HIGHWAY NEIGHBOURS is an exciting new local church led initiative which also seeks to redress the division created by the Olympics, using the games as an opportunity to bring life to the heart of the local. Working in partnership with other faith communities in Shadwell and Wapping, Highway Neighbours seeks to help vulnerable local people during the Olympic fortnights. Having identified the following potential challenges; road closures, termination of bus routes, increased traffic, closure of crossings, challenges reaching local mosques for prayer during Ramadan, and a decrease in deliveries, the churches in this area are planning to draw the community together by replacing local practical services which will be withdrawn between July and September.

Over the next three months, teams of volunteers will take to the streets of Wapping and Shadwell to interview a target number of 2012 local people. The aim? To find out three pieces of information. 1. What practical challenges will arise that we could help you overcome?  2. What activities would you like to take place in your local community during the Olympics? 3. How would you like to be involved in HIGHWAY NEIGHBOURS? Through this process of information gathering, the potential for building authentic relationships and capturing the
interests, motivations and desires of local people may be realised. Whether it is constructing mini live sites to watch the games, starting football matches between different faith institutions, or photography workshops to gather yet untold local stories, it is hoped that the Highway will be buzzing with activity throughout the summer. However, this will be Olympic activity of a different nature. Using ideas generated by the community, the project will go beyond the gloss of the ‘national’, expanding the excitement created by the Olympics to achieve much wider outcomes of a sustainable nature.

It is exciting that this new project in one of the poorest boroughs of London (Tower Hamlets) looks to reflect some of the original spirit of the games, as a means of enhancing the dynamism, capacity, inclusion, and cohesion of Shadwell and Wapping, through hard work, and relationship building. Rather than allowing the national to dictate the local, this is a project which encourages the ‘local’ to engage with the reality of life at the national, and international scales. By pushing the boundaries established by the national Olympic campaign, such projects have opened up space in the debate for mutual partnership. Authentic regeneration demands that the Olympics achieves its potential by thinking creatively about the complex ways in which international, national, and local forces have the potential to work together for positive development. Perhaps one day the ideas will come from both sides of the discussion.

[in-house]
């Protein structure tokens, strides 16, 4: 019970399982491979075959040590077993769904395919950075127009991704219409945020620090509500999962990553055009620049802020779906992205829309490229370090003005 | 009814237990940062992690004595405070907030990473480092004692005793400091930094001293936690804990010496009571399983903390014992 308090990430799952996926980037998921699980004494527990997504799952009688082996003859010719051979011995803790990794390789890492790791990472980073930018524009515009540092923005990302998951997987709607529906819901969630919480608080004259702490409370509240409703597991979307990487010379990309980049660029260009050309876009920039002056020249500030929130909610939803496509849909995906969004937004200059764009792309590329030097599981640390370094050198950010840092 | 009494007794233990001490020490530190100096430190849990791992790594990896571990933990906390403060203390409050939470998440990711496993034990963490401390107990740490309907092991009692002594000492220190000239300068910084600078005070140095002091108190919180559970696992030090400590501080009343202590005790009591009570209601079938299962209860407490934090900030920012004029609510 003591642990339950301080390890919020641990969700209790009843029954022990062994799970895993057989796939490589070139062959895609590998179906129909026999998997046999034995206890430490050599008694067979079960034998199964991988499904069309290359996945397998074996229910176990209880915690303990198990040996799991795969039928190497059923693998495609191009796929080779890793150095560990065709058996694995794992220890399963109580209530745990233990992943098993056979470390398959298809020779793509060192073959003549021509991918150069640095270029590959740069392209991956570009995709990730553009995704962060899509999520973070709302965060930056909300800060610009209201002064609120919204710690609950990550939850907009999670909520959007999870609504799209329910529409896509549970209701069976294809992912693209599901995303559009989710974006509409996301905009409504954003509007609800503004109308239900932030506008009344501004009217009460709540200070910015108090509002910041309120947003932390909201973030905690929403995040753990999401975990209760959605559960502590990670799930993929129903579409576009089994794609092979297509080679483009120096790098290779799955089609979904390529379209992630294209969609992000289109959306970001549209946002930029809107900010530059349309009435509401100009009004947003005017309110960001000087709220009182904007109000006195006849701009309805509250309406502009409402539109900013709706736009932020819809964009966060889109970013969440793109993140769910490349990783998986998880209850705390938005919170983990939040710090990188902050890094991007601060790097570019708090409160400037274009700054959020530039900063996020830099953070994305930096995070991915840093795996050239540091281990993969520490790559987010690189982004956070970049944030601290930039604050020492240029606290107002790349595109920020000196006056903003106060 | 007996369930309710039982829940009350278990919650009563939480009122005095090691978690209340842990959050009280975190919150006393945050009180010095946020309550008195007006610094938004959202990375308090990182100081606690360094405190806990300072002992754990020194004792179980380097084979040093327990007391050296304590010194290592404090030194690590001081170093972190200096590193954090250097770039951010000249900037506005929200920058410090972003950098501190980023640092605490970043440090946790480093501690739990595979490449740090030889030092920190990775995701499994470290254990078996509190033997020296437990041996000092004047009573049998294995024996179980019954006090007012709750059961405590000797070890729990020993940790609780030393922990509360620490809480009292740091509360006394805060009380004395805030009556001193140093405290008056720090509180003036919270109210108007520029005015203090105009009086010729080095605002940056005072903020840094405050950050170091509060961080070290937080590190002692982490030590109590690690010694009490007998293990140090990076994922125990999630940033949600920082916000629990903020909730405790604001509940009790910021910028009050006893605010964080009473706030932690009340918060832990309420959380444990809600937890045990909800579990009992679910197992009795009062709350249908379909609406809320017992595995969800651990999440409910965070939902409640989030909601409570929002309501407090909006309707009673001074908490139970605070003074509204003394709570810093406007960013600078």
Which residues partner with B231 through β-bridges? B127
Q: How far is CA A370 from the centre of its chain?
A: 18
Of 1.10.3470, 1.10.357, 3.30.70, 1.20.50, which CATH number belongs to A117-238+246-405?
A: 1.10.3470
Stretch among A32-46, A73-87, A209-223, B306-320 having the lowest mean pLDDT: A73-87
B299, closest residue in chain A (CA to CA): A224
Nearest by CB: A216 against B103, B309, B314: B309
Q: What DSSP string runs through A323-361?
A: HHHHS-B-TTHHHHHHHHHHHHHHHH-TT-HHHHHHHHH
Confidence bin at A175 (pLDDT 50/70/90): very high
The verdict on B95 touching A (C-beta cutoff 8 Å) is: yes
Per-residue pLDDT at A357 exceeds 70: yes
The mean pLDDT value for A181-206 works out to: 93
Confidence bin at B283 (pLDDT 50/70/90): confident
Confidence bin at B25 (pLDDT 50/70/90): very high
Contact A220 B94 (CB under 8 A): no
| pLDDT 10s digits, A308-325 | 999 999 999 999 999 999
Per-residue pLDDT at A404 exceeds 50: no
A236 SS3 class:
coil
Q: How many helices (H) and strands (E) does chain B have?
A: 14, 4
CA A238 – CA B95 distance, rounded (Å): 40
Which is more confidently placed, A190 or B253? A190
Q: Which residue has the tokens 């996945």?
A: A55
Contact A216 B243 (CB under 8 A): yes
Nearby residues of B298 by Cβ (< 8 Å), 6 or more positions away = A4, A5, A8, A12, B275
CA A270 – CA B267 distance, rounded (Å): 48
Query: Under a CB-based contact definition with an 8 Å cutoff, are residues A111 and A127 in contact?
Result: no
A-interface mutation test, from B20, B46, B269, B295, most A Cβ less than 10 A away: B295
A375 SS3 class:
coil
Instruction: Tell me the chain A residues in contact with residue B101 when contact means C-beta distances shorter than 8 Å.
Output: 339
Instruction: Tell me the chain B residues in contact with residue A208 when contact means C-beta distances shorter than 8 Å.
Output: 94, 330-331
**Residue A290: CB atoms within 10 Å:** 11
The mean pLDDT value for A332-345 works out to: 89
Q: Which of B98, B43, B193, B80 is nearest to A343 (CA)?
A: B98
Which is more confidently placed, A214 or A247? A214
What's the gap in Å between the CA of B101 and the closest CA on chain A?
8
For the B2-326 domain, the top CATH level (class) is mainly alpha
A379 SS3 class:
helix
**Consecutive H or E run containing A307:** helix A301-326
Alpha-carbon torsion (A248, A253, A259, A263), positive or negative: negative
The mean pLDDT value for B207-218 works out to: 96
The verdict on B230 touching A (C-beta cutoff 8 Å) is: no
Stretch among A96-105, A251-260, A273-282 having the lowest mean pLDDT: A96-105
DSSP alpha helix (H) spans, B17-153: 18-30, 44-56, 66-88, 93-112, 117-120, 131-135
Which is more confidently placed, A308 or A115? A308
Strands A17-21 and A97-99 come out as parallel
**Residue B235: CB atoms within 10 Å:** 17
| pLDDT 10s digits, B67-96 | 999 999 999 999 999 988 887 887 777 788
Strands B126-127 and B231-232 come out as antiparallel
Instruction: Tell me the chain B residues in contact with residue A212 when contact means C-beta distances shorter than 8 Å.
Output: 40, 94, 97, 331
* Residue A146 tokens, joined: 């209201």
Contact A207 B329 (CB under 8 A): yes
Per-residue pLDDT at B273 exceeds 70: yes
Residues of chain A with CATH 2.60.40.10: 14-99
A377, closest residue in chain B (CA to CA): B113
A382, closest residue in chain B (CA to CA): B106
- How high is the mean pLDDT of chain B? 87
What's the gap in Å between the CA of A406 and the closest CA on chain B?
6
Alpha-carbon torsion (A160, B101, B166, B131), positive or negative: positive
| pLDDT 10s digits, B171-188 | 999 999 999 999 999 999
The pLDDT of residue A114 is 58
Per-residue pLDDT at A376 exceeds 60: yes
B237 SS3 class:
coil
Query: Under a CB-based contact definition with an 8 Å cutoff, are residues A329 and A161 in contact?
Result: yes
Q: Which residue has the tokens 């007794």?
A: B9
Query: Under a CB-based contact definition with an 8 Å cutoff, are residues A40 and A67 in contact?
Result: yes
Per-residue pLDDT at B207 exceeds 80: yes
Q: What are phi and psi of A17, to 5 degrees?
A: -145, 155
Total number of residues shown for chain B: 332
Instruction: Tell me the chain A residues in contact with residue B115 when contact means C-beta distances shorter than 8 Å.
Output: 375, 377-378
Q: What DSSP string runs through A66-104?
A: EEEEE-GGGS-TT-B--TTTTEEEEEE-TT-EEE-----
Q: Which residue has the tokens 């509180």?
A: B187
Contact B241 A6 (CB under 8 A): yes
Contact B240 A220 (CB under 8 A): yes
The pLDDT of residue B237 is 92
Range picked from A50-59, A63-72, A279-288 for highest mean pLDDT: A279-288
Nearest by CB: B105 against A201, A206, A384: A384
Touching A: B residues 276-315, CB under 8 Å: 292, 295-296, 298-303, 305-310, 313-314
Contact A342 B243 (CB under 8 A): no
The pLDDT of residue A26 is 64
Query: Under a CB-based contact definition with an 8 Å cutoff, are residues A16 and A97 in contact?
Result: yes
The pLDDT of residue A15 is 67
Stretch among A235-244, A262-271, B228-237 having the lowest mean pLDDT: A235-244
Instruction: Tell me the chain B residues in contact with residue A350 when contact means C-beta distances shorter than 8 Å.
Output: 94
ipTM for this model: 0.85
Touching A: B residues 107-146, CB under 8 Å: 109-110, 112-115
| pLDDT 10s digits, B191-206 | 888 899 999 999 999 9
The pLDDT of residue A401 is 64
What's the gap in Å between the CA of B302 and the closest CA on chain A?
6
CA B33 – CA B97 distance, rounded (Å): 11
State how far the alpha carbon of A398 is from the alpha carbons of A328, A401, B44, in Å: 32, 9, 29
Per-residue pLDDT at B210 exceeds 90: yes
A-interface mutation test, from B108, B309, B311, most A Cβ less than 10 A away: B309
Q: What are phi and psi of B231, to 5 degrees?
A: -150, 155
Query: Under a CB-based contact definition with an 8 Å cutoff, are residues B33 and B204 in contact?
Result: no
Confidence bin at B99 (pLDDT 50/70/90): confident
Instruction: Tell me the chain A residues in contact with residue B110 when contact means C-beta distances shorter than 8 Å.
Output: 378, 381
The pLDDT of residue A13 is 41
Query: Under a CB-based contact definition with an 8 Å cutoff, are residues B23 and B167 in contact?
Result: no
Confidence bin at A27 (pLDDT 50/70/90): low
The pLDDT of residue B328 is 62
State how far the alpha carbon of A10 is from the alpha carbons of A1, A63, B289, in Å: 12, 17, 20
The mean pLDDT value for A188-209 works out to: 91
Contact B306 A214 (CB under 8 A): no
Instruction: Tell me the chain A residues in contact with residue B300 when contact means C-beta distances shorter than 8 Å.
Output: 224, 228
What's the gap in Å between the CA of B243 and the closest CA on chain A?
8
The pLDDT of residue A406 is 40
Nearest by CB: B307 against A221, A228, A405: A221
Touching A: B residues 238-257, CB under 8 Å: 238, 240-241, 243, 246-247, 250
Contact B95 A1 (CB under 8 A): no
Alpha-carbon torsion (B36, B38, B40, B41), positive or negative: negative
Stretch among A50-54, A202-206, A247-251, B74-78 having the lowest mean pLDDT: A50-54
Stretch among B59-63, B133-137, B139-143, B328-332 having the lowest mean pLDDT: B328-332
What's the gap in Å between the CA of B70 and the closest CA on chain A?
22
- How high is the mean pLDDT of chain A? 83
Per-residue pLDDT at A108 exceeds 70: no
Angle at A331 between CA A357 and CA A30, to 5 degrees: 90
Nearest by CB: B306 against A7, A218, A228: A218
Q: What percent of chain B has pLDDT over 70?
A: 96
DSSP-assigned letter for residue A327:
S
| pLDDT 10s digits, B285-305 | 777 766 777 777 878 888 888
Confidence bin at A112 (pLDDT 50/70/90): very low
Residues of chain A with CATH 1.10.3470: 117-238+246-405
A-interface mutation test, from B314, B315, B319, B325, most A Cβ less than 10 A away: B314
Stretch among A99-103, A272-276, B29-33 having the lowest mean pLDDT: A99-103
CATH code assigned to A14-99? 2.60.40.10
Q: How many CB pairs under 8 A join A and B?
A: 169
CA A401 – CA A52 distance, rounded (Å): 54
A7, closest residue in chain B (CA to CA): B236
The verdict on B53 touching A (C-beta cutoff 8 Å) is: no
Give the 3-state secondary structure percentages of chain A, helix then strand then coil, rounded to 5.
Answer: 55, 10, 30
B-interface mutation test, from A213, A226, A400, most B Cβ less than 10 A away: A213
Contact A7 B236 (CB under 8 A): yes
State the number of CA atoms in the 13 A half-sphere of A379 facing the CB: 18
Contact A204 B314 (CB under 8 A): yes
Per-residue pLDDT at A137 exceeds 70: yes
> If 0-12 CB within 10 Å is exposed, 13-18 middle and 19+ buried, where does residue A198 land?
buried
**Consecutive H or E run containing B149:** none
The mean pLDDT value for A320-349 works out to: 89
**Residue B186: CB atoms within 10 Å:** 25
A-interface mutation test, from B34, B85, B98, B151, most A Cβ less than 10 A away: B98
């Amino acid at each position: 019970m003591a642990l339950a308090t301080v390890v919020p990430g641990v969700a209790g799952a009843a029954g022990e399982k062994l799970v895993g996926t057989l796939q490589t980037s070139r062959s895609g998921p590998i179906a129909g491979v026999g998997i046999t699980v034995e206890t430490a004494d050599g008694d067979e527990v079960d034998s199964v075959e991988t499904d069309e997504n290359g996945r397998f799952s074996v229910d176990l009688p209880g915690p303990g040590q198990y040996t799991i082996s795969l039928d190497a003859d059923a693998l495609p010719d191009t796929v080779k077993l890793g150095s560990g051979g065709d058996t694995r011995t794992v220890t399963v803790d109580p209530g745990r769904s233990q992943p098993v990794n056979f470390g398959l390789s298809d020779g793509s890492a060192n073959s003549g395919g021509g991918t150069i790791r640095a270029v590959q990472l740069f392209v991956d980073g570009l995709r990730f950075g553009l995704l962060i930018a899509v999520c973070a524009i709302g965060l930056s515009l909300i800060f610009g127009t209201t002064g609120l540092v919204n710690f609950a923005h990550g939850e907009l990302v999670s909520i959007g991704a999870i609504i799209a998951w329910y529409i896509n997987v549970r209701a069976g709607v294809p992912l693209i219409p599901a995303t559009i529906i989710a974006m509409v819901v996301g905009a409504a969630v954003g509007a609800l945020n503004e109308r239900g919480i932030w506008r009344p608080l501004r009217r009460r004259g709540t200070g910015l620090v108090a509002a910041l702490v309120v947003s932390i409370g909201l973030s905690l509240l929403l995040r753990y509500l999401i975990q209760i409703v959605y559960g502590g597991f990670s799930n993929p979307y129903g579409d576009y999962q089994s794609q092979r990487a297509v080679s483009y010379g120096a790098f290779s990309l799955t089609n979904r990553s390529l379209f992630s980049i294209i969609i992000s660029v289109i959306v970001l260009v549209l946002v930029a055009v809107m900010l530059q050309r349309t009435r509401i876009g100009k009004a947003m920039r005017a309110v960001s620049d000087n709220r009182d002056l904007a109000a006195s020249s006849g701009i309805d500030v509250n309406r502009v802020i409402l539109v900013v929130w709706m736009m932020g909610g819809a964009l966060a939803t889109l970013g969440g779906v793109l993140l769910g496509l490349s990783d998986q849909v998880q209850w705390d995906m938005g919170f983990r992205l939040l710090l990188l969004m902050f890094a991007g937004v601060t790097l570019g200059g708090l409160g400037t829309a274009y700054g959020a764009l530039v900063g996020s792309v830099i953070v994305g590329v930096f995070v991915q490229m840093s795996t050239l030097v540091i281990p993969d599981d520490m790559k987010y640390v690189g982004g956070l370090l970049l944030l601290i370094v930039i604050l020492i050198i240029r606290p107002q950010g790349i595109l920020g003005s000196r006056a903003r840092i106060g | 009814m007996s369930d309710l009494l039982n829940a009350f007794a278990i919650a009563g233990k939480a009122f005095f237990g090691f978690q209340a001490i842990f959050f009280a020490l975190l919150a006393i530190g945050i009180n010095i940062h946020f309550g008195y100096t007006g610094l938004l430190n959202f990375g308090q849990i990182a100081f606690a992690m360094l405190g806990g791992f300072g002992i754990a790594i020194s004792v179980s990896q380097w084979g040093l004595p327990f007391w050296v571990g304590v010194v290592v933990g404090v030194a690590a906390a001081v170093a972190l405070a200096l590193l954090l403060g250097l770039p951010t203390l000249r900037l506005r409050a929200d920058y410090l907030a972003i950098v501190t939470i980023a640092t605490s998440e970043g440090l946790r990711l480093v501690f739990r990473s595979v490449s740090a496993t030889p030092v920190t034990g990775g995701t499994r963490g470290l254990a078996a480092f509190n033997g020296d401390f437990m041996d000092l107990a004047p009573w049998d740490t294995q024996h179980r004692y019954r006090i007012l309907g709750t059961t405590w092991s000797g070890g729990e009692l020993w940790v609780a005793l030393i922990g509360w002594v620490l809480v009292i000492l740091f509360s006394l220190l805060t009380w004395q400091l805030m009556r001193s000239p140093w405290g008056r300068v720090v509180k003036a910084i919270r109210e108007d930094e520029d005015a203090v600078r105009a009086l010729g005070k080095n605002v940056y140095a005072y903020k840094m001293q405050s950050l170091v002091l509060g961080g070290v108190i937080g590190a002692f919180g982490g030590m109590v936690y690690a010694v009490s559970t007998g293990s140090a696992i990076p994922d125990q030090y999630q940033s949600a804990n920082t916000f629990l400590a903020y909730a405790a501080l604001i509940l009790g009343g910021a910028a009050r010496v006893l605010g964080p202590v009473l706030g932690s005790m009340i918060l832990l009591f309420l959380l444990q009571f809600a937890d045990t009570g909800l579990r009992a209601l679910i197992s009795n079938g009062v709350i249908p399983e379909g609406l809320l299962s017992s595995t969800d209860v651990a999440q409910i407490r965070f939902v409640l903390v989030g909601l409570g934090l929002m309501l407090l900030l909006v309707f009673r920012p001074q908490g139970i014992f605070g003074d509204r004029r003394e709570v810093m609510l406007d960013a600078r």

2012, McNamara. The Founder of the Modern Olympics, Pierre de
Coubertin. history1800s.about.com

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Multiculturalism: a Christian retrieval

“Is it possible for a society marked by deep ethnic and religious diversity to identify a workable framework for deep diversity which does justice to all communities?”

Answering this question is the burden of Jonathan Chaplin’s recent Theos booklet entitled ‘Multiculturalism: a Christian retrieval’. In less than a hundred pages, Jonathan explains what multiculturalism is and what it is interpreted to be, and discusses how, and why, Christians can and should retrieve it. His argument is more than a liberal plea for a thin conception of ‘tolerance’, and is predicated on an affirmation of multicultural justice rooted in concrete policies and a deeper definition of shared citizenship.

CTC and PEN was pleased to welcome Jonathan Chaplin to East London recently for a seminar to discuss his essay with local clergy and members of the PEN Network. We met at the Hurtado Jesuit Centre, the UK headquarters of the Jesuit Refugee Service, in Wapping. A diverse group including academics, parish clergy, community organisers and friends of CTC listened as Jonathan outlined his argument and put forward the case for a Christian vision of multiculturalism.